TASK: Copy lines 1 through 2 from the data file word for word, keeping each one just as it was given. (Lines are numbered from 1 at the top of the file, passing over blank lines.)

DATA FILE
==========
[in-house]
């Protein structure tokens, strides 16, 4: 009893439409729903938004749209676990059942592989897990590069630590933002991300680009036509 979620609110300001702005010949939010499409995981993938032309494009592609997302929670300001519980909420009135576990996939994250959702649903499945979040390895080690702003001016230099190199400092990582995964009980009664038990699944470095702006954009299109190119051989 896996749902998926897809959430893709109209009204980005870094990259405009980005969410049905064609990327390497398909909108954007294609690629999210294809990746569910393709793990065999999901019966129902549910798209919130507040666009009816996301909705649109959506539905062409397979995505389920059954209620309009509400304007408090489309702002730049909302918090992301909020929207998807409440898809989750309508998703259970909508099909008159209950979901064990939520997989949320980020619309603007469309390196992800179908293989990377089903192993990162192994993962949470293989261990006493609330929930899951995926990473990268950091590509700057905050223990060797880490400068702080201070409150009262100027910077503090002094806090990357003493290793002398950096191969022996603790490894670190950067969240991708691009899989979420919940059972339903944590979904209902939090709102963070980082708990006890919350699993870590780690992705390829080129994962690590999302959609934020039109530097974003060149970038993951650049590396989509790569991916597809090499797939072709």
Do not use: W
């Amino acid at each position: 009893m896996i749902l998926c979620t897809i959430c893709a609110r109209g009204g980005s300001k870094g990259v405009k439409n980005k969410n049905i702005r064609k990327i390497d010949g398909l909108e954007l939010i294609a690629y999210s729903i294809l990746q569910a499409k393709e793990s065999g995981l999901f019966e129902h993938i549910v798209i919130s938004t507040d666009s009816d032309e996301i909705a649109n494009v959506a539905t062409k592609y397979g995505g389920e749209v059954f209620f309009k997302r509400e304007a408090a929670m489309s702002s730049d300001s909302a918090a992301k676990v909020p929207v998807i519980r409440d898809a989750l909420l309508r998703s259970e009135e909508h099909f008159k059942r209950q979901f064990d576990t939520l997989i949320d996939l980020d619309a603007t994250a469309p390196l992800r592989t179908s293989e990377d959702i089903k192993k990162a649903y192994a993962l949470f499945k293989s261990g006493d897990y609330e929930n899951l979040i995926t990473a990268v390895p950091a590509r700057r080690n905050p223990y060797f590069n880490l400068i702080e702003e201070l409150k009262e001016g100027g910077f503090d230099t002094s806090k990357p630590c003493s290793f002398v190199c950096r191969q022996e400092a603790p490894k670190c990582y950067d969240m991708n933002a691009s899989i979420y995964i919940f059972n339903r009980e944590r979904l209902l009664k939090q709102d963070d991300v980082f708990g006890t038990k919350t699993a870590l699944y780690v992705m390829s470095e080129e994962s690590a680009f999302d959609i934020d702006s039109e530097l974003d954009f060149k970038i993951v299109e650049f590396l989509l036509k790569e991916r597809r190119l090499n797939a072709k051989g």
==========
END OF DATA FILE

[in-house]
């Protein structure tokens, strides 16, 4: 009893439409729903938004749209676990059942592989897990590069630590933002991300680009036509 979620609110300001702005010949939010499409995981993938032309494009592609997302929670300001519980909420009135576990996939994250959702649903499945979040390895080690702003001016230099190199400092990582995964009980009664038990699944470095702006954009299109190119051989 896996749902998926897809959430893709109209009204980005870094990259405009980005969410049905064609990327390497398909909108954007294609690629999210294809990746569910393709793990065999999901019966129902549910798209919130507040666009009816996301909705649109959506539905062409397979995505389920059954209620309009509400304007408090489309702002730049909302918090992301909020929207998807409440898809989750309508998703259970909508099909008159209950979901064990939520997989949320980020619309603007469309390196992800179908293989990377089903192993990162192994993962949470293989261990006493609330929930899951995926990473990268950091590509700057905050223990060797880490400068702080201070409150009262100027910077503090002094806090990357003493290793002398950096191969022996603790490894670190950067969240991708691009899989979420919940059972339903944590979904209902939090709102963070980082708990006890919350699993870590780690992705390829080129994962690590999302959609934020039109530097974003060149970038993951650049590396989509790569991916597809090499797939072709």